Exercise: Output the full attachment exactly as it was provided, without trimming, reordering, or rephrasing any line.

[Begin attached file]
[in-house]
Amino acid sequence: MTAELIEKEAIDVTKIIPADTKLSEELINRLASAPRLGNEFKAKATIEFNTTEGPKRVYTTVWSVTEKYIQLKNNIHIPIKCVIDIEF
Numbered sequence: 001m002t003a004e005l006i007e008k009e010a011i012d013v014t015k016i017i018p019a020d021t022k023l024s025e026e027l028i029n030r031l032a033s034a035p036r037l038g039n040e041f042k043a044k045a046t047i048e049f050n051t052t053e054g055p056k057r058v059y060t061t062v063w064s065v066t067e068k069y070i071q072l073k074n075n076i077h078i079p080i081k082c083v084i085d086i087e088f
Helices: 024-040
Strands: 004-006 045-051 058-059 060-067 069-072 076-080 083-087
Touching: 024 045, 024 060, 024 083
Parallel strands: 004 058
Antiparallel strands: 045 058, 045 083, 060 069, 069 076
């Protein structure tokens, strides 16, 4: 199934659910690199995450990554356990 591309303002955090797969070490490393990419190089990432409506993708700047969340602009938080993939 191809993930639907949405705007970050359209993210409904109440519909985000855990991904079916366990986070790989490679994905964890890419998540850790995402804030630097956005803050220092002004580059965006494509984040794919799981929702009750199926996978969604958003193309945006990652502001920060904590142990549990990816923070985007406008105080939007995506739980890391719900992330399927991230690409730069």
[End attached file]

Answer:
[in-house]
Amino acid sequence: MTAELIEKEAIDVTKIIPADTKLSEELINRLASAPRLGNEFKAKATIEFNTTEGPKRVYTTVWSVTEKYIQLKNNIHIPIKCVIDIEF
Numbered sequence: 001m002t003a004e005l006i007e008k009e010a011i012d013v014t015k016i017i018p019a020d021t022k023l024s025e026e027l028i029n030r031l032a033s034a035p036r037l038g039n040e041f042k043a044k045a046t047i048e049f050n051t052t053e054g055p056k057r058v059y060t061t062v063w064s065v066t067e068k069y070i071q072l073k074n075n076i077h078i079p080i081k082c083v084i085d086i087e088f
Helices: 024-040
Strands: 004-006 045-051 058-059 060-067 069-072 076-080 083-087
Touching: 024 045, 024 060, 024 083
Parallel strands: 004 058
Antiparallel strands: 045 058, 045 083, 060 069, 069 076
């Protein structure tokens, strides 16, 4: 199934659910690199995450990554356990 591309303002955090797969070490490393990419190089990432409506993708700047969340602009938080993939 191809993930639907949405705007970050359209993210409904109440519909985000855990991904079916366990986070790989490679994905964890890419998540850790995402804030630097956005803050220092002004580059965006494509984040794919799981929702009750199926996978969604958003193309945006990652502001920060904590142990549990990816923070985007406008105080939007995506739980890391719900992330399927991230690409730069």